Working as an Inbound Marketer SAHM

Since Kniya was first born, I knew I wanted to be a SAHM (stay at home mom). I needed something that didn’t take a lot of time where I could earn a little extra to add to my husband’s teaching salary. I have a B.A. in advertising and design from a university with a great art program.

I worked as a marketing professional for a couple of non profits after college before shifting to freelance illustration and graphic design. But, once my first baby came, I needed something flexible that required less self-marketing and demanding office hours.

Working while Kniya sleeps (2013)

Freelance offers the flexibility to work whenever you want for the most part, but it is also inconsistent. Its hard to know how much work you will have in a given week, what new clients you can secure with pitches and how soon a client will pay you after a job.

What is a Content Mill?

My husband found inbound writing gig reviews mentioned online and I was super skeptical. However, there are some really solid companies that pay people like me to write for their clients. They do the work of finding interested companies and connecting them with writers, taking somewhere around a 30% commission. That sounds like a lot, but it is worth it if they actually do the work of bringing in clients, ensuring timely payments and handling disputes.

Sometimes they are referred to as content mills, because they churn out work. It’s easy to get burned out if you pick the wrong one for your writing style.

Signing up to Work as a Freelance Writer

I spent the time to sign up for a few different writing companies, and it is a process for every one. Most required:

  • In-depth writer profiles (this acts as your resume)
  • A writing test (making sure you are familiar with basic grammar and writing)
  • Samples of your work (this goes in your profile so clients can see what you are capable of)
  • A completed 1099
  • A connected PayPal account (some will send paper checks or do a direct deposit, but PayPal is the most common)

Most companies start you out as a mid-level writer and expect you to prove yourself before they let you move up. This means low pay, so be prepared to work for a while without much of a hourly wage at all. You shouldn’t have to pay anything to join or get an assessment.

Within a few months I had earned higher positions in the better paying companies. The one I’ve really spent most of my time on is WriterAccess, since it was the best paying for me and most writer-considerate. Some content mills are really hands-off and won’t do anything if a client has unreasonable expectations. There are writers that churn out low-paying content and still make good money. I am fairly fast, but not that fast.

Making Money as a Content Writer

The secret is timing yourself after the first few months and trying to get the work that you get the best hourly rates with. Most of the time, having an area of expertise is a huge benefit because it makes you faster and able to offer more insight on the subject. But even if I am writing on a topic I know nothing about (veterinarian office policies, manufacturer press releases or college course requirements for a nursing program), I can usually do the research needed to write accurately.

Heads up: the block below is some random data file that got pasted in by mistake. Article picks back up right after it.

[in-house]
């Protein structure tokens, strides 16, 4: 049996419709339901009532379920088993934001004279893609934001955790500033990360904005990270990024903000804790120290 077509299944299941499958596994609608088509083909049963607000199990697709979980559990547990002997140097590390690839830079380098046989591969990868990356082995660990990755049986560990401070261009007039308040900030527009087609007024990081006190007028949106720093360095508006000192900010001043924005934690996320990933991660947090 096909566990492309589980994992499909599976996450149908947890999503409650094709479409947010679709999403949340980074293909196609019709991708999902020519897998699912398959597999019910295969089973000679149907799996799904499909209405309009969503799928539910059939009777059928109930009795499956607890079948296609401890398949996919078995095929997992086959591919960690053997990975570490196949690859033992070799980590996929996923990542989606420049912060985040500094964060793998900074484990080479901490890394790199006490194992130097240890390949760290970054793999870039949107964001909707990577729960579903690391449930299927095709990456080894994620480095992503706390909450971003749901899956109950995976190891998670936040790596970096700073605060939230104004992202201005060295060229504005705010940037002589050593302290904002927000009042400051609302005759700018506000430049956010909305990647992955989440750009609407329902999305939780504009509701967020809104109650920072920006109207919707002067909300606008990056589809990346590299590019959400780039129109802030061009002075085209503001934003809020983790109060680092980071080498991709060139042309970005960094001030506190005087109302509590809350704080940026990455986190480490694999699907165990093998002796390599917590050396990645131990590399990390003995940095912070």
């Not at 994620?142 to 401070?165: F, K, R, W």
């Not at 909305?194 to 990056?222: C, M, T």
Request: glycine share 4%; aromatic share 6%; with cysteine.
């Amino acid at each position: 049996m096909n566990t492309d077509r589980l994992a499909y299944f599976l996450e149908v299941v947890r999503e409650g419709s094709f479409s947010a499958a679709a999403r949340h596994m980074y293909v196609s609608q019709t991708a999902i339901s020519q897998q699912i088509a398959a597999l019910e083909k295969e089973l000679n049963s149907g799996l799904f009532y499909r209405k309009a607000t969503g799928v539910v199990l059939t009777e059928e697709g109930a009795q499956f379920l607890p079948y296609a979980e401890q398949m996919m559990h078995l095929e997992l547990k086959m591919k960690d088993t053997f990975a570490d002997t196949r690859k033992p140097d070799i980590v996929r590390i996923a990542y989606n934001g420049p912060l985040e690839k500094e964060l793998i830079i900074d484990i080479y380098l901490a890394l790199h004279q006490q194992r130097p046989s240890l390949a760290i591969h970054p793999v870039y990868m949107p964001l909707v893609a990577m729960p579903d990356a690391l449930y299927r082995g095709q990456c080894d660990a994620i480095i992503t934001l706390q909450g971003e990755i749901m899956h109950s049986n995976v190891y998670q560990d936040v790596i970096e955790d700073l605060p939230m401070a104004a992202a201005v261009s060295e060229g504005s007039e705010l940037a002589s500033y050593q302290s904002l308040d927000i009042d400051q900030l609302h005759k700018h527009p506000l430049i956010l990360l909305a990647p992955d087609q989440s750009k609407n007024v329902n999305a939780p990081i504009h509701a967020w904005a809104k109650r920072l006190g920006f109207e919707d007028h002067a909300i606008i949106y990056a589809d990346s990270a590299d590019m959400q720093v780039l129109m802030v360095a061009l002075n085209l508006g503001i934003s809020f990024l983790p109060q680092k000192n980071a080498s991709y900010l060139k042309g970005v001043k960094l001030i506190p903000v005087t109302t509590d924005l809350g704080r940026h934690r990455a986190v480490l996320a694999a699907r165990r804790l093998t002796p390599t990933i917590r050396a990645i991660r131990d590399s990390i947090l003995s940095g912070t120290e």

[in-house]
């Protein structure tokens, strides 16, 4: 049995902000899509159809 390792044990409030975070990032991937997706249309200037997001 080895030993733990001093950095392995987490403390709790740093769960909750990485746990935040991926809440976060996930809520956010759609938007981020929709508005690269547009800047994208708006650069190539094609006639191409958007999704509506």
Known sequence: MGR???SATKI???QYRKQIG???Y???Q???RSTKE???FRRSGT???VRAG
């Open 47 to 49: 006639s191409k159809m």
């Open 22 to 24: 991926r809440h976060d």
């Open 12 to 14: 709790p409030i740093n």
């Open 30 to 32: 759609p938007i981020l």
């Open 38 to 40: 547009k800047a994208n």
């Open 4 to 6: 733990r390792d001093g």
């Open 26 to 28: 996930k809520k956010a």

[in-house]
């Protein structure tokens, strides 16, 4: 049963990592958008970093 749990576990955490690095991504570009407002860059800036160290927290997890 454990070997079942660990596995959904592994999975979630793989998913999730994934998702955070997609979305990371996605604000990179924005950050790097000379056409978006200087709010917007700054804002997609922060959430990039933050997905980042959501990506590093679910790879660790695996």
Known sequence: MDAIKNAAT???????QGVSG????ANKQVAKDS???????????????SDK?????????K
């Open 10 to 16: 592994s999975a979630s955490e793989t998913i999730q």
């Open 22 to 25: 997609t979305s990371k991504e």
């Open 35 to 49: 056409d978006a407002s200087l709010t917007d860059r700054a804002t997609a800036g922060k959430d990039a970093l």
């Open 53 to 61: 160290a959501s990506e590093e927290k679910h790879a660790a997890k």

It took me about three months to start earning a consistently decent amount. Within several months, I was able to make about $900 every other week just spending part time on writing articles between about three sites.

Over time I really worked on my hourly rate, finding the right niche and assignment types that I could produce quickly and at a very high level. I progressed to the highest paying level on most of the sites I wrote for, but WriterAccess pays some of the highest rates out there for a content mill. When I am working full speed, I could average about $60 a hour, which made it incredibly lucrative for doing during naps and after baby’s bedtime.

I’ve written on everything from eLearning software for compliance training in warehouses to white papers on budgeting. Sometimes I help companies plan their content or brainstorm topics that would appeal to their target audience and support their brand. Sometimes the client comes with an outline or content that is already written and simply needs editing.

How to Become a Freelance Content Writer

Companies pay writers to produce content that is valuable to their target market, increasing organic traffic to their websites and proving industry authority.

The work has stayed pretty interesting and relatively consistent. If you are interested in working as a content writer, here are seven tips for getting started:

  1. Sign up for a few sites to find the ones that work best for you (read reviews since not all content mills are created equal!).
  2. Be prepared to invest time upfront (you won’t be making good money until you prove value).
  3. Look for outside education (I’ve taken free ALISON courses and gotten Hubspot Inbound Certified in order to really get into the marketing niche I wanted to fill).
  4. Be professional at all times – you won’t get far if you are impatient, rude or unprofessional in any way with clients. Even when you are frustrated (and there are some very ridiculous clients) it’s never worth getting snippy or angry.
  5. Learn yourself, your niche and your style to earn the best money possible for your tendencies and strengths.
  6. Take deadlines seriously (most sites will severely penalize you for late work and give the assignment to another writer).
  7. Brush up on your grammar and spelling before any tests (it will hamper your earnings if you don’t do well).

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